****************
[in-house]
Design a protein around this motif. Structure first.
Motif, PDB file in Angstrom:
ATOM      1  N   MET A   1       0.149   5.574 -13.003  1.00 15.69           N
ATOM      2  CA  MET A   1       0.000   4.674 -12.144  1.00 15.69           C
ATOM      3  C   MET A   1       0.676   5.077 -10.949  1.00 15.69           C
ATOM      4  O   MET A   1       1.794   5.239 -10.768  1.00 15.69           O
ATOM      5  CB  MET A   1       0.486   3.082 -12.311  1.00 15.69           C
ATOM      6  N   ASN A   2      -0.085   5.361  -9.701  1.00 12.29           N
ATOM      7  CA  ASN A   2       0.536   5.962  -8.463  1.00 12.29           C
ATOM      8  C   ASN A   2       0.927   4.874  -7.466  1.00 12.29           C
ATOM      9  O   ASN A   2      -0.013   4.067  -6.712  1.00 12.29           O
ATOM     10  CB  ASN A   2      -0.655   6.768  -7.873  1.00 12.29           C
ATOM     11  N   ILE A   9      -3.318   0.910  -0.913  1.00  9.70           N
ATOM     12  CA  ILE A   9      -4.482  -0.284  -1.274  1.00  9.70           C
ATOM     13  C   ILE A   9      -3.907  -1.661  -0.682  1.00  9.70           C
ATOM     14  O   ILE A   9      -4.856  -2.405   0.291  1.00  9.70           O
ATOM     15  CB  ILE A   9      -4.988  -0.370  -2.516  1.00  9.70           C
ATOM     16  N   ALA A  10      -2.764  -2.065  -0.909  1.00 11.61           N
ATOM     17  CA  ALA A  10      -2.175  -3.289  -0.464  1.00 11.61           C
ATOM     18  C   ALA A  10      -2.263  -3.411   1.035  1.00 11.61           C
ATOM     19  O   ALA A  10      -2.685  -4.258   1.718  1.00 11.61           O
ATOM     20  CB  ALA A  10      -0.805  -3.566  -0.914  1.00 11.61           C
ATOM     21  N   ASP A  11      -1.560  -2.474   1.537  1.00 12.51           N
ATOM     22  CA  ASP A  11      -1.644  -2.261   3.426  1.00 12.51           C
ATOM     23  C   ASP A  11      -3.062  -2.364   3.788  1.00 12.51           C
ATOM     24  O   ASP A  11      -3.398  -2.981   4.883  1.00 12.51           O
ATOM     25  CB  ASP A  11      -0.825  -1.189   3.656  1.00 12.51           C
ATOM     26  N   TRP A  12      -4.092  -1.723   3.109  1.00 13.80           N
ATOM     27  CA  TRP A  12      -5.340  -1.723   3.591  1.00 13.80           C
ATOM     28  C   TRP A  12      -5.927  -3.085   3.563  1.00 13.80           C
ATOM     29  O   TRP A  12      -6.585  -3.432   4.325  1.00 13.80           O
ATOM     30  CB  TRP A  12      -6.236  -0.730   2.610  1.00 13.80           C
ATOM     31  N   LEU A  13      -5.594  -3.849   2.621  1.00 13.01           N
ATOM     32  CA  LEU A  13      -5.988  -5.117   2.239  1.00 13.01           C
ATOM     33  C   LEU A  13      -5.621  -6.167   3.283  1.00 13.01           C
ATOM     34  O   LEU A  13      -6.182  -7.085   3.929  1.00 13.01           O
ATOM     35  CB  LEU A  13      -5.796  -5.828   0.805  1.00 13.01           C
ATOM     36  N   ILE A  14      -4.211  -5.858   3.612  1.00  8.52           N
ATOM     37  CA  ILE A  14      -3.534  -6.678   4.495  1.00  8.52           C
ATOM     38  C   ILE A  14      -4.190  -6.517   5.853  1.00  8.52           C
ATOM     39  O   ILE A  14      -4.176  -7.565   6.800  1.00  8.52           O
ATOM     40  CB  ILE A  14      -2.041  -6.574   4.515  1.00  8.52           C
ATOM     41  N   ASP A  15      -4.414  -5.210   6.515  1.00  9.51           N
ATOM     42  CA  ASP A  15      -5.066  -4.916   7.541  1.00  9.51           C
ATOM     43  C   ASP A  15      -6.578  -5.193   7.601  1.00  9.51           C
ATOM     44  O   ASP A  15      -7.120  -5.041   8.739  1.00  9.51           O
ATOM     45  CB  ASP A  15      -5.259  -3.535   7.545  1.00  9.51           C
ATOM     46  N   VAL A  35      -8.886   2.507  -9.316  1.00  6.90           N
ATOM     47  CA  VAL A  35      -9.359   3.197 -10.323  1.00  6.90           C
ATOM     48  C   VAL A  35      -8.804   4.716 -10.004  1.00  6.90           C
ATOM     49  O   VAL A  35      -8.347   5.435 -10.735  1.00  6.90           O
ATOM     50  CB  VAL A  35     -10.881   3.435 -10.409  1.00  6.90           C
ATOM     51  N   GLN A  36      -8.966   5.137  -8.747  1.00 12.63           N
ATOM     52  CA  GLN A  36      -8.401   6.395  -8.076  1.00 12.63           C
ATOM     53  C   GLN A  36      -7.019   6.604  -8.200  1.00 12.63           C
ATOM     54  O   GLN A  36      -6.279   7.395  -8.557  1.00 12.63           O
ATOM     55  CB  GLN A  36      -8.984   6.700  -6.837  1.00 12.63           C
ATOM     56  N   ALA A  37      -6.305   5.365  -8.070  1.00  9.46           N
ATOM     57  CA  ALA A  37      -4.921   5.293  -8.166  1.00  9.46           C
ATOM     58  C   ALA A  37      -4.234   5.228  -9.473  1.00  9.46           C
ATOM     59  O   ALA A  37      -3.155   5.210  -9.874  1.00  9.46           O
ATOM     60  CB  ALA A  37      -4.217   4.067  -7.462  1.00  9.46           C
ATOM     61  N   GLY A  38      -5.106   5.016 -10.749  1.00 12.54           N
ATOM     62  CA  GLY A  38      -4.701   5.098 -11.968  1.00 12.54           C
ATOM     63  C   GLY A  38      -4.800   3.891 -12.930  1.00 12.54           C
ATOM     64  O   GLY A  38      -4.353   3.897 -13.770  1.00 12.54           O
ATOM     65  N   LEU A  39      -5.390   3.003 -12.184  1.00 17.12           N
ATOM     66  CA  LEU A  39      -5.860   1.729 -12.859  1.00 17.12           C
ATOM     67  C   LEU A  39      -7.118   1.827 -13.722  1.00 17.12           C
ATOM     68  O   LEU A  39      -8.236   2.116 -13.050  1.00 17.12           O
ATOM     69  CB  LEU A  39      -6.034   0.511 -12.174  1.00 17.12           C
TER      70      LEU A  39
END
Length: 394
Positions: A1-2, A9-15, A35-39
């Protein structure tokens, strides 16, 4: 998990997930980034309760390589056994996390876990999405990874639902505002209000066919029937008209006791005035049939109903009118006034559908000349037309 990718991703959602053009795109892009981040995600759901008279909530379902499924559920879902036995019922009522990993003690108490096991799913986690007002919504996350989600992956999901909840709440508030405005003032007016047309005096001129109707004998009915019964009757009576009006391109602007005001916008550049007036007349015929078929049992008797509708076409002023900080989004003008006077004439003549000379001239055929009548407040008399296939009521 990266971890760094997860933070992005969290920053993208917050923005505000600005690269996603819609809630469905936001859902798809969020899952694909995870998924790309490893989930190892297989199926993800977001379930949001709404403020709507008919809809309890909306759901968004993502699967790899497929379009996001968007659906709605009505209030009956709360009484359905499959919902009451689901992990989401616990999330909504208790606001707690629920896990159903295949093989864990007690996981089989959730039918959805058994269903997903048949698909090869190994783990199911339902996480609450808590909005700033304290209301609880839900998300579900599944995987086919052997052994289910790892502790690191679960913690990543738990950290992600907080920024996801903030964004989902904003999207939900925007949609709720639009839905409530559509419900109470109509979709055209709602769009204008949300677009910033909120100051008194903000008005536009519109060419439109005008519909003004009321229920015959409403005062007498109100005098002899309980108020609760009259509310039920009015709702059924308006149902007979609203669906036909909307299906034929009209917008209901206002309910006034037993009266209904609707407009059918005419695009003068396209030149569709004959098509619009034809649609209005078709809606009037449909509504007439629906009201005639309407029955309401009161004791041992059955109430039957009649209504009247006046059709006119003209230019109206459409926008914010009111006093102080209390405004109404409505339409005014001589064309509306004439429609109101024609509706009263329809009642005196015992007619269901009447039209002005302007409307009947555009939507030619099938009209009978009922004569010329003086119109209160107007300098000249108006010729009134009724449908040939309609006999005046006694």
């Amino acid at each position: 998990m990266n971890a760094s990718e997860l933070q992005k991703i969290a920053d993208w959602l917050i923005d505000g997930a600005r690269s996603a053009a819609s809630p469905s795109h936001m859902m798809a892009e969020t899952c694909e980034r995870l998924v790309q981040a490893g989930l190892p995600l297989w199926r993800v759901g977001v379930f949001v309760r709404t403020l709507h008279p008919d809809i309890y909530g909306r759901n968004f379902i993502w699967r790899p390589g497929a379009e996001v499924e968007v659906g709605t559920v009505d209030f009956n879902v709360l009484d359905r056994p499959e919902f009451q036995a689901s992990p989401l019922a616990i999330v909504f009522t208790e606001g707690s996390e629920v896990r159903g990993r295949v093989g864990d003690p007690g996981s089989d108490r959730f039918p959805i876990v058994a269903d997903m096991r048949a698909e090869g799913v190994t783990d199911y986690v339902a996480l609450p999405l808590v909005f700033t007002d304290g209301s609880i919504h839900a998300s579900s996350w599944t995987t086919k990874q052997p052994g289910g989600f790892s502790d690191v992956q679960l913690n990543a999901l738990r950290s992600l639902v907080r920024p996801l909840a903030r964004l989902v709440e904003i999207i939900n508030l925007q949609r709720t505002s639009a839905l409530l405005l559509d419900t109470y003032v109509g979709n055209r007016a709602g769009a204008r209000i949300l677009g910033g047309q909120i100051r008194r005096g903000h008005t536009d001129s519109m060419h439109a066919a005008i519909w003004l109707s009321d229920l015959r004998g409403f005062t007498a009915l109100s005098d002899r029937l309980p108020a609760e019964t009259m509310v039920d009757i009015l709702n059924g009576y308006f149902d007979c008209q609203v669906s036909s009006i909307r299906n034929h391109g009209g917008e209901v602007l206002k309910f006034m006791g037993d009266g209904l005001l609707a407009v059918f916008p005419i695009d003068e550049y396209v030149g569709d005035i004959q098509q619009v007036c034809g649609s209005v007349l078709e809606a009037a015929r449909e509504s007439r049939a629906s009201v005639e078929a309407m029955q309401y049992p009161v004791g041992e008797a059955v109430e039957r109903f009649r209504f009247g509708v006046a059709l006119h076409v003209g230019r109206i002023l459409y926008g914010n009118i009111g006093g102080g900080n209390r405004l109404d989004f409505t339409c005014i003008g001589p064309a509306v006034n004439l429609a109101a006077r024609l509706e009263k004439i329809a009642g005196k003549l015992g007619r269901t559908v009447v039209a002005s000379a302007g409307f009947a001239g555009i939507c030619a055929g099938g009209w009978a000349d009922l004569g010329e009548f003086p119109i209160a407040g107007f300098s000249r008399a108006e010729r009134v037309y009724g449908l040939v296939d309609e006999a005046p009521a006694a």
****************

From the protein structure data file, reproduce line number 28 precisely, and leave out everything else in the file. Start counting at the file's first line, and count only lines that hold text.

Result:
ATOM     25  CB  ASP A  11      -0.825  -1.189   3.656  1.00 12.51           C